Why Russian Antiwar Protests Won’t Change Putin’s Mind
But what impact, if any, might this have on Putin’s decision-making? Does he feel any pressure from his own people? These questions came up in a Twitter Spaces discussion on Monday, featuring Bloomberg Opinion columnists Clara Ferreira Marques and Leonid Bershidsky, hosted by Bobby Ghosh. This is an edited transcript.
Ghosh: It’s been more than a week since serious sanctions were imposed, and they’re beginning to have a direct effect on the lives of ordinary Russians. Where are they inflicting the greatest pain?
Ferreira Marques: Well, there are a number of levels. First, it’s important to understand that many Russians believed sanctions wouldn’t affect ordinary people. Opinion polls — to the extent that opinion polls are reliable in Russia — suggested people thought sanctions were an issue for the elite, perhaps an issue for the government, but something that ordinary people wouldn’t have to deal with.
Instead, what we’ve seen is that the sanctions have very, very quickly affected every single person. There’s been an impact on their savings, on their jobs. There’s a general sense of being completely cut off from the world. A lot of people are trying to leave Russia, and increasingly that’s becoming hard, especially for young men. That’s obviously extremely worrying.
There have been lots of comparisons with 1998. Well, I was in Russia in the summer of ’98, when the ruble crisis happened. That was obviously a moment of extreme desperation, but it felt like there was some hope, and there was certainly some openness. What we’re seeing now is all this economic pain coming at the time of extreme repression.
Yes, there are lots of Russians who may support Putin’s war as a result of state propaganda. But there are also a lot of people feeling the pressure.
Bershidsky: Most of my friends have, thankfully, been able to evacuate. But the thing is, this group of people is not particularly numerous. And these are Westernized people — the ones who bought Western brands, traveled to the West, and attached a certain importance to Russia’s openness to the world. This is not a majority of Russians.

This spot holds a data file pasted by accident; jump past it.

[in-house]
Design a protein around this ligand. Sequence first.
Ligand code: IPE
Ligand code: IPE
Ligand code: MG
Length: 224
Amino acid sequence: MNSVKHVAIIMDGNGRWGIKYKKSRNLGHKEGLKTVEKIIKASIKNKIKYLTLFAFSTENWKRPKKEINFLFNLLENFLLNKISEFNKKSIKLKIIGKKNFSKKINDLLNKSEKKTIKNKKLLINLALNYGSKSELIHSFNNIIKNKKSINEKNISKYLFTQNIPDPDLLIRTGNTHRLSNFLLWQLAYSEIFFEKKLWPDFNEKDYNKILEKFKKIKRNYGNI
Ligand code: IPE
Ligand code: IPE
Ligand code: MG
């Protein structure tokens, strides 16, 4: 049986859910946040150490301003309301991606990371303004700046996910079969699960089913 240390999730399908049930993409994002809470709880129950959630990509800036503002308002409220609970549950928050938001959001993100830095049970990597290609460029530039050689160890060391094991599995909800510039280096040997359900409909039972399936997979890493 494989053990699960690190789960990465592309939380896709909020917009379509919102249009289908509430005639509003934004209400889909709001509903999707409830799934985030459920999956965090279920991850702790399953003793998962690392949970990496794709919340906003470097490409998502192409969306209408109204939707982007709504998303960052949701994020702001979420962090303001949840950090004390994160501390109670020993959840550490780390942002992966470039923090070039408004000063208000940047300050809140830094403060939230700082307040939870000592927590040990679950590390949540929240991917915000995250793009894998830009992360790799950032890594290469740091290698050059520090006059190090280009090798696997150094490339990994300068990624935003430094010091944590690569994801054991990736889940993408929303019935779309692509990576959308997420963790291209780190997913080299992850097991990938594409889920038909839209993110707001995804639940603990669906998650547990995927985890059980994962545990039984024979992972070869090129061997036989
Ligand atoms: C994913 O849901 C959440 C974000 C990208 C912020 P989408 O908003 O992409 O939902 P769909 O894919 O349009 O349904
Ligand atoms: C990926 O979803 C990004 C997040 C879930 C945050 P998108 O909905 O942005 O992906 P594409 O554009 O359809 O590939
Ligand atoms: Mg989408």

Ferreira Marques: The mood in Russia is very hard for us to gauge, but obviously people are extremely distressed. We know that from the protests that have broken out. But it’s important to realize that this is not necessarily representative of the overall population.
Majority opinion is influenced by state propaganda, especially on TV, which for the majority of Russians is still the main source of news. And as a result, there are situations where Ukrainians are trying to explain to their situation to relatives in Russia — and being met with absolute denial. It’s astounding.
In the West, we see pictures of protesting Russians, and Russians commenting on Twitter, but that’s a liberal minority. It’s important to realize that perhaps there’s less resistance than we think.
Bershidsky: Twitter has a 3% penetration rate in Russia. The people who have run for the door, who have taken the last available flights to places like Yerevan or Istanbul or Baku, or have driven to the borders with the Baltic states — that looks like a lot of people, but it’s probably in the tens of thousands.
This column does not necessarily reflect the opinion of the editorial board or Bloomberg LP and its owners.
Bobby Ghosh is a Bloomberg Opinion columnist covering foreign affairs. A former editor in chief of the Hindustan Times, he was managing editor of Quartz and Time magazine’s international editor.
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